Valcke says April-May too hot for 2022 World Cup

With momentum building toward a November kickoff for the 2022
World Cup, FIFA secretary general Jerome Valcke says April and May
are too hot in Qatar to play the tournament there.

”Let’s not lose time on this. April-May is not an option
because of the temperature,” Valcke said on Wednesday in a
statement provided to The Associated Press.

Valcke is leading FIFA’s consultation to suggest which months to
play after president Sepp Blatter rejected the traditional
June-July World Cup period because of Qatar’s searing desert

Blatter has suggested a November start, though spring is
supported by Karl-Heinz Rummenigge, chairman of the influential
European Club Association.

Qatar hosted the Under-20 World Cup for FIFA in April 1995, and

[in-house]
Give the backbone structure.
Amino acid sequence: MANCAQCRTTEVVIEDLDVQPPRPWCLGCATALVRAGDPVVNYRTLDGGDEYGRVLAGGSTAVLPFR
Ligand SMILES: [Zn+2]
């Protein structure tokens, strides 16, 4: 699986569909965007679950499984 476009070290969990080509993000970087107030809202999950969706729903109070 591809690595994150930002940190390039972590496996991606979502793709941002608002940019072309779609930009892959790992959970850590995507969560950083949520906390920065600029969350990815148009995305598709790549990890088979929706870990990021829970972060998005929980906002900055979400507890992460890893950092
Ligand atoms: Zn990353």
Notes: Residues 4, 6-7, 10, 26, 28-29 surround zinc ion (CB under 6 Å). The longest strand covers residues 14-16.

its 2022 organizing committee insists it can still fulfill a
promise to host in midsummer in air-conditioned stadiums, training
camps and public areas.

However, FIFA’s own research into expected temperatures in Qatar
seems set to rule out a World Cup in May, which would cause less
disruption to the European season than stopping for most of
November and December.

”The climate studies for April and May are quite similar” to
June and July, Valcke said. ”The best option is between
mid-November and mid-January.”

This year, temperatures recorded in Doha topped 105 on May 11,
while April daytime peaks ranged from 79 to 100.

Though Qatar staged the 2011 Asian Cup from Jan. 7-29, Blatter
has removed the January 2022 option as ”totally disrespectful to
the Olympic family” ahead of the Winter Olympics scheduled that

”We have also consulted our economic and media partners,”
Blatter said on Sunday in Doha, after meeting with the Emir of
Qatar, who is a longstanding fellow member of the International
Olympic Committee. ”So many different partners are with FIFA and
the Olympic Games so we cannot have the partners in two
competitions at the same time.”

Valcke is expected to outline a ”road map” for FIFA’s
consultation process following a Dec. 4-5 meeting of its executive
committee in Brazil.

European clubs and leagues are expected to be among the
strongest voices in a process which is expected to run into